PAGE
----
Linked straight to your Hi-Fi the V90-BLU delivers high quality sound from its internal upsampling, reclocking DAC and high quality analogue output stages.
I did find that using the V90-BLU along with the V90-DAC made for an even more impressive listening experience.
For such a small unit I was impressed by how versatile the V90-AMP is thanks to its auto selection of inputs and simple, combined connections.
The V90-AMP was designed for multi room and computer based audio. It has inputs for 24 bit asynchronous USB, optical/analogue with it kicking out a decent-for-most-rooms 20 watts per channel.
The V90-Amp has advanced, prioritised automatic input selection. Priority is given to the asynchronous USB input. Then the optical/analogue. This means that If the USB is connected but there is no data stream the V90-AMP will automatically switch to the optical/analogue.
Pushing If I Had a Tail by Queens of the Stone Age though the amp Josh’s relaxed vocals come across clear with the backing instruments nicely spaced across the room. The keyboard lines in Type O Negative’s My Girlfriend’s Girlfriend appears front-and-centre but when Pete Steele’s renowned tenor-vocals start I can’t help thinking that they’re lacking a little bit of oomph. Again, Little Blimp by The Joy Formidable also seemed to be a little light-weight. It’s perfectly listenable and clear but, to me, appeared a bit too clinical. PJ Harvey’s Down by the Water, on the other-hand comes through vibrantly with the staccato strings cutting through wonderfully.
The V90-AMP gives excellent sound quality and great flexibility for computer audio and multi room applications although, to my ears, the bass end could do with a little tweak.
The V90-HPA is a headphone amplifier comes packing its own 24-bit/96kHz-capable DAC with an asynchronous USB connection which makes it a ‘one stop shop’ for those wishing to listen to hi-res music from their computers.
There’s also a line-level RCA input for analogue sources, too, and a choice of either 6.3mm or 3.5mm headphone jacks, so both sizes are catered for.
The HPA produces the clean, open and well defined sound I’ve started to expect from the V90 range.
Via USB, the V90 sets up a big, punchy soundstage with Napoleon Says by Phoenix through the NADs and the EB-50s injecting the catchy melody line right in to my head.
Testing Leash by Pearl Jam Eddie and the boys came through superbly detailed but, dare I say, lacking a bit of atmosphere which was even more noticeable through the AKGs.
Hooking the V90-HPA up to my main Hi-Fi via the analogue inputs handed the little box some new skills. The DAC does a pretty good job but the preamp circuitry seems to be even better. Music coming from my CD player was given an extra push and was presented through all three earpleasers with great resolution and musicality. To my tastes the NADs fared better from the deal as they do tend to add a bit of bottom end.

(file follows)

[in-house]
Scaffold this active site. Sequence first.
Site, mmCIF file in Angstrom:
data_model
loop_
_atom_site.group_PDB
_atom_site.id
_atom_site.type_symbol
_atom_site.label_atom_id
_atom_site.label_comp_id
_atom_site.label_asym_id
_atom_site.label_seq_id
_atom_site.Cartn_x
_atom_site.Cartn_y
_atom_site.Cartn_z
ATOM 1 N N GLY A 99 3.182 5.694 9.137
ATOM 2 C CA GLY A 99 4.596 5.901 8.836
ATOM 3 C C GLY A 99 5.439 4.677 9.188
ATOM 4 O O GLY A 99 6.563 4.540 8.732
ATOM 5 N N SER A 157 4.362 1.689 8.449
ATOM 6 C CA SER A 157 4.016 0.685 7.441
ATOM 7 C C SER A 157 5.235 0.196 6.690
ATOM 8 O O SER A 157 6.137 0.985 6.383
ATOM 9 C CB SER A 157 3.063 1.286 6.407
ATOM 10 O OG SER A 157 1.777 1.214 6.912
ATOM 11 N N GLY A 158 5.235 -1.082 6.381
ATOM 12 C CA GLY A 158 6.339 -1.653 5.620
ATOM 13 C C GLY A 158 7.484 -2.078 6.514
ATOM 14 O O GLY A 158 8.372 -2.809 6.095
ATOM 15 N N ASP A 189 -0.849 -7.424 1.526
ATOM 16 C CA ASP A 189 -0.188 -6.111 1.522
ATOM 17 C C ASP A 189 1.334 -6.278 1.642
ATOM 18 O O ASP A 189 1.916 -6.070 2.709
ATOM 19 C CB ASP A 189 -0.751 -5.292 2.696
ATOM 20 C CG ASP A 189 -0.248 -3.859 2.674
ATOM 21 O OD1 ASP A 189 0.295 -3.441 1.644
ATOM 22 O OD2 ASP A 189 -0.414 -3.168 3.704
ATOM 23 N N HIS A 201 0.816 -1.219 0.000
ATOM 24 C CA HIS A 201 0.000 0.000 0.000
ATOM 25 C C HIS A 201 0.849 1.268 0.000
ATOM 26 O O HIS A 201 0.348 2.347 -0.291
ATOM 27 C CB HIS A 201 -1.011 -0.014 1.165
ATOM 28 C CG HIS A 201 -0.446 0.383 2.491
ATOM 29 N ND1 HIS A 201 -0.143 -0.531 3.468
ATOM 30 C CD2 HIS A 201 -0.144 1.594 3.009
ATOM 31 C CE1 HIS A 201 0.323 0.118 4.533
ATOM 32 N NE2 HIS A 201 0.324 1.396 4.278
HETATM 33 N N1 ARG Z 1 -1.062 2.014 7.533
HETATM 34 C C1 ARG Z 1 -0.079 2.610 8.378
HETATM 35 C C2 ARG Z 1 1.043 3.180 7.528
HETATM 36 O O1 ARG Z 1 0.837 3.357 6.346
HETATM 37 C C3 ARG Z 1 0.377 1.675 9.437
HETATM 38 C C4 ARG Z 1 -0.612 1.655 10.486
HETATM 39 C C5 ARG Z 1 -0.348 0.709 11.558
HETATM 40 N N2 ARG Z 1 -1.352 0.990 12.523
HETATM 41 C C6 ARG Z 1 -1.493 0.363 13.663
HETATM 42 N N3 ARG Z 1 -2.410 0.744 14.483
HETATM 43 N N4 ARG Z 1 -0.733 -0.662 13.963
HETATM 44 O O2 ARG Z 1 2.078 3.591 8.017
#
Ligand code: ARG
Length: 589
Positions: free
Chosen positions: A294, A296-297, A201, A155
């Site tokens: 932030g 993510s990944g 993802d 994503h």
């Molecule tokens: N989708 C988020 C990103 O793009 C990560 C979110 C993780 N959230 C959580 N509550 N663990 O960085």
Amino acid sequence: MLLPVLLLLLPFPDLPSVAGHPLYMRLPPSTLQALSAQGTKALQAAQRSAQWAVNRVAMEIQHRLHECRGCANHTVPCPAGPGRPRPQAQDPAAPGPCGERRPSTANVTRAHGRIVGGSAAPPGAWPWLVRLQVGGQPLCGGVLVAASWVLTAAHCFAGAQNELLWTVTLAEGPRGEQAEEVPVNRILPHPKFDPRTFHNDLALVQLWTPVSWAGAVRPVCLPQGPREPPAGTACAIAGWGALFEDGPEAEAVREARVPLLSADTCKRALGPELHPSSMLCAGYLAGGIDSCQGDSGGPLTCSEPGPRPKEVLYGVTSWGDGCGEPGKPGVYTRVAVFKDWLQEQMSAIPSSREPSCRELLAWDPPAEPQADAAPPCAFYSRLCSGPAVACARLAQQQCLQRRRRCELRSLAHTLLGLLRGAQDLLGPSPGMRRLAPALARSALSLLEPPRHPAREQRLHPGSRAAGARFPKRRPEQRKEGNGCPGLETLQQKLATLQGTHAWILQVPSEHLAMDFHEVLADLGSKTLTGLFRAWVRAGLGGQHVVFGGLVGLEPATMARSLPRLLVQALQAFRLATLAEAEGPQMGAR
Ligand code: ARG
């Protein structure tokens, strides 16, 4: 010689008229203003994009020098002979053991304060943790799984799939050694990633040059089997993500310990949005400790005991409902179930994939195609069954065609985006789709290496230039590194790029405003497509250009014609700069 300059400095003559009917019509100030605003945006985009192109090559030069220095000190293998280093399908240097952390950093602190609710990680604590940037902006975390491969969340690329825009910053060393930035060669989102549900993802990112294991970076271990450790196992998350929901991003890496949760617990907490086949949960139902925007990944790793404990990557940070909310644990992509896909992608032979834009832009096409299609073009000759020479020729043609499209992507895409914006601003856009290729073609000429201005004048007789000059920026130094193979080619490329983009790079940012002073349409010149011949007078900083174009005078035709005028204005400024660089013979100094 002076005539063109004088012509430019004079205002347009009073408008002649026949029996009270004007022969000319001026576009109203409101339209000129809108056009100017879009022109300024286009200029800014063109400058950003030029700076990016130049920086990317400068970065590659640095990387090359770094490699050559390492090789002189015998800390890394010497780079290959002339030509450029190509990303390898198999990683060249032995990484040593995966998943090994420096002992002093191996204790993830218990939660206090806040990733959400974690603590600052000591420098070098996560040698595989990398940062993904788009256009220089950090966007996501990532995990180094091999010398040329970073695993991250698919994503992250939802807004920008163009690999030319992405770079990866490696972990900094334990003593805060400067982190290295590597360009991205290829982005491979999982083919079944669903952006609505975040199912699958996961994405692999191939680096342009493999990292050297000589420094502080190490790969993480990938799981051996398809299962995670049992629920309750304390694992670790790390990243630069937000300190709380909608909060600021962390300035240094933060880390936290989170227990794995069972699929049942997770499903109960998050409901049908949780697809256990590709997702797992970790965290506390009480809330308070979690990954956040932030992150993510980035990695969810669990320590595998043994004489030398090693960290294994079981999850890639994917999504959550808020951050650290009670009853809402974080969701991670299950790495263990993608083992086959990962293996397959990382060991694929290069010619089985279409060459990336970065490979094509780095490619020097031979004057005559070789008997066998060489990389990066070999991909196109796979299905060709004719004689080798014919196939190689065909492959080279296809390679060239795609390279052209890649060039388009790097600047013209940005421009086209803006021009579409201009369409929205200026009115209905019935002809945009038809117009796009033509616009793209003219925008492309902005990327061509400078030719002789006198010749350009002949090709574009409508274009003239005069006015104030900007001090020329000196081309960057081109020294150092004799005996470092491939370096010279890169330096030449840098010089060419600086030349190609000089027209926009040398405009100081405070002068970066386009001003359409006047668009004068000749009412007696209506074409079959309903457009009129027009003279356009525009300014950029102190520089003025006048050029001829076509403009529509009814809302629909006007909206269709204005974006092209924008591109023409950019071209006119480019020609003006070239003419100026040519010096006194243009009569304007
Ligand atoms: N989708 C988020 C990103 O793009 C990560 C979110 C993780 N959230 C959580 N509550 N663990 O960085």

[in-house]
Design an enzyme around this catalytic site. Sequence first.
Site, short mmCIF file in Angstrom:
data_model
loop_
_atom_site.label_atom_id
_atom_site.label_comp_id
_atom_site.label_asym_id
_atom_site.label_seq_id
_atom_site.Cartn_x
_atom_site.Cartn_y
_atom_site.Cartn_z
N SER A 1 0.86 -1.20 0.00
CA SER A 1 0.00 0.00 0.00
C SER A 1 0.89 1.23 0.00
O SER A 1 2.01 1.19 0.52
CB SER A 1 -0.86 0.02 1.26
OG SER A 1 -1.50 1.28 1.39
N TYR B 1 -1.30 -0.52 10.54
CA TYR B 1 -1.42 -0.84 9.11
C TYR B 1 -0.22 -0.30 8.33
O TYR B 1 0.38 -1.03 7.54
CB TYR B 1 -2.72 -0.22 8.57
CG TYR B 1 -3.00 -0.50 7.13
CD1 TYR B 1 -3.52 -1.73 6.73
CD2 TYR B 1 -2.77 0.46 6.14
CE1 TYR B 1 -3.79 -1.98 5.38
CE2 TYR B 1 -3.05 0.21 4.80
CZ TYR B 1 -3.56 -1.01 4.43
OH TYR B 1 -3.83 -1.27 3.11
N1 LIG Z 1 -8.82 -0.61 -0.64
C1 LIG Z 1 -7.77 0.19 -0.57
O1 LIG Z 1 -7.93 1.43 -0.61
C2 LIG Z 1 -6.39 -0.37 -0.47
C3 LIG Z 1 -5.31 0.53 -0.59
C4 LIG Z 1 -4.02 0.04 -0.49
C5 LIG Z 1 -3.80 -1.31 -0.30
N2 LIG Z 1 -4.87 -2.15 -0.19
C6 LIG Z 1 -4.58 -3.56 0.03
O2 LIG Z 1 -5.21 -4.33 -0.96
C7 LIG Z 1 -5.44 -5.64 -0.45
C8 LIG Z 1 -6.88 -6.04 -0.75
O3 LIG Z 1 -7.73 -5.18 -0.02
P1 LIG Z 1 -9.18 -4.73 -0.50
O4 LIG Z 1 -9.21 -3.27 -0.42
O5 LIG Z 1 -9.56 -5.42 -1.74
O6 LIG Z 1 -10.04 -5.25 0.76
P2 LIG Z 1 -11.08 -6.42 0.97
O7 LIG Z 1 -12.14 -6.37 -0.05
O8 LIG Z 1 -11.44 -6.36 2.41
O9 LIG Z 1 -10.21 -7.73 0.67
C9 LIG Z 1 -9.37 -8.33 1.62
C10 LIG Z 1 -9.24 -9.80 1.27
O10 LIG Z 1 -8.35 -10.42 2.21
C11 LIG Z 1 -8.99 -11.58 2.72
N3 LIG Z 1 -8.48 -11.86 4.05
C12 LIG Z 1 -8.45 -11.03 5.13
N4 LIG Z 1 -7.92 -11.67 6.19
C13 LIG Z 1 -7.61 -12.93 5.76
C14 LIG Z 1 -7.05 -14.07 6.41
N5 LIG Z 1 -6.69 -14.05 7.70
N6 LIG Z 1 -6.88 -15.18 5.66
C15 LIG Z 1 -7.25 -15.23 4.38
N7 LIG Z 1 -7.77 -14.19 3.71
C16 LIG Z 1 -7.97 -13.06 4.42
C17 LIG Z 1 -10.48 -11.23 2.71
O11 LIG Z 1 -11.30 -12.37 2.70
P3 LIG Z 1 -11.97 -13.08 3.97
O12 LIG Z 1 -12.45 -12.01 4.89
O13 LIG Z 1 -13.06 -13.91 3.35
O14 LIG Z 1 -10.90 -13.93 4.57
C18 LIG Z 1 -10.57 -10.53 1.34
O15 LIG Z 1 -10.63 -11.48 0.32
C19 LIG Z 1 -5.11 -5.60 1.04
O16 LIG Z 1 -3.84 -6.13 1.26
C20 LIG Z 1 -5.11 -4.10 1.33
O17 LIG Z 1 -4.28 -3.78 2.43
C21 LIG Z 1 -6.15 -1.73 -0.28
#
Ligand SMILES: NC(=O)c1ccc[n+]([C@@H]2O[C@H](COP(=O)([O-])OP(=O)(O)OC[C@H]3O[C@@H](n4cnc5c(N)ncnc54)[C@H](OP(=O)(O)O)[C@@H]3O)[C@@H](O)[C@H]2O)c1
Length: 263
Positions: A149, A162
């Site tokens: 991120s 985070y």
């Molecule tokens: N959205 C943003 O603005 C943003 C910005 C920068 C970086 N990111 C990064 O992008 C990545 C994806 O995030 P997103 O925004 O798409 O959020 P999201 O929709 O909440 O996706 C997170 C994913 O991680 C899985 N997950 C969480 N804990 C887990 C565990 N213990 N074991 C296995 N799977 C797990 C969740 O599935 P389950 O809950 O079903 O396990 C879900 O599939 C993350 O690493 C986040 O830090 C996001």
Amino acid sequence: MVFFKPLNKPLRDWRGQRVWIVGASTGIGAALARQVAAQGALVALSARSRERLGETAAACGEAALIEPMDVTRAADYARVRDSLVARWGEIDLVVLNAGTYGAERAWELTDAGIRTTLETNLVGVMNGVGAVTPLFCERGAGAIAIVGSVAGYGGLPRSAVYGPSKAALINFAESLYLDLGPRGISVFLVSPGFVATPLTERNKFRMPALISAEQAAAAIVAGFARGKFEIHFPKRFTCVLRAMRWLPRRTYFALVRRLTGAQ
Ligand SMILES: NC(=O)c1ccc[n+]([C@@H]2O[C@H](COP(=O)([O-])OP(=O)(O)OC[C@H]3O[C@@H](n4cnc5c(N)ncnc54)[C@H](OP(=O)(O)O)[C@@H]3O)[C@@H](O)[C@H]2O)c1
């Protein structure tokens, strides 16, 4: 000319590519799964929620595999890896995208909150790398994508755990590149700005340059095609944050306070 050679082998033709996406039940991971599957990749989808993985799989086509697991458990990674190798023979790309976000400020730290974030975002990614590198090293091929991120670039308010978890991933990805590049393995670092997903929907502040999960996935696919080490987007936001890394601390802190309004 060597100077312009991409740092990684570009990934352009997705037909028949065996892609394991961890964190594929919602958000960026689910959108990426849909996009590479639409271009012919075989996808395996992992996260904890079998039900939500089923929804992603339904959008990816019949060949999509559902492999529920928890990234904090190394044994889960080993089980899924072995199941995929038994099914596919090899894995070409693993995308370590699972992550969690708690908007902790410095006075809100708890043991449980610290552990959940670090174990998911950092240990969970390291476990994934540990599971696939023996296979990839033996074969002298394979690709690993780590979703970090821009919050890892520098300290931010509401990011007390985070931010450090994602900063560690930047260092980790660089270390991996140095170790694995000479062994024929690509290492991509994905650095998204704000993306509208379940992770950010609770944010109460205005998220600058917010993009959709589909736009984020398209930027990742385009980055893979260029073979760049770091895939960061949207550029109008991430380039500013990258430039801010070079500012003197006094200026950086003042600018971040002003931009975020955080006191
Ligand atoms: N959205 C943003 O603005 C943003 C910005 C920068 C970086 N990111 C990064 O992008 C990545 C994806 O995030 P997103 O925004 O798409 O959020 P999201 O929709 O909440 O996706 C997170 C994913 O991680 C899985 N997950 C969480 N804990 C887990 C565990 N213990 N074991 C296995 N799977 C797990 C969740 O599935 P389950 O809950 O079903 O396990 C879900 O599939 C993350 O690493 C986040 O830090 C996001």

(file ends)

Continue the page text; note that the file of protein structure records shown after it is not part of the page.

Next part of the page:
Cult of Personality by Living Colour really opens up and everything came through nice and taut with those signature smooth and clear mids.
The V90-HPA is yet another very strong addition to Musical Fidelity’s range which works competently alone to increase the listener’s enjoyment from their digital archive but really comes in to its own as part of a Hi-Fi system.
The V90 series is aimed at the more affordable end of Musical Fidelity’s offerings but at no point did I feel that I was testing budget components.
The individual little boxes, hewn beautifully from aluminium alloy, act just like high end separates that have just been shrunken in the wash.
Measuring 170 x 47 x 117mm (w x h x d), they are all neat little packages and I’ve always had a soft spot for blue LEDs.
Everything was easy to set up and get started with. The on-off flick switches all felt sturdy and quality with the AMP being the odd one out as it was activated by pushing the volume dial.
I didn’t get the chance to test the phono stage, the V90-LPS, with my Pro-ject Xpression but I am sure that it would have produced similar results to the AMP and HPA.
To me it’s obvious that Musical Fidelity have consciously built this range to feel and sound as good as possible whilst keeping the price down.
If I was to be overly picky I would say that the V90 range could do with a tiny bit of attention paid to its bass response – but when there are other items asking for at least twice the amount of your money without still being able to out perform the V90, I suddenly feel like I’m just being awkward.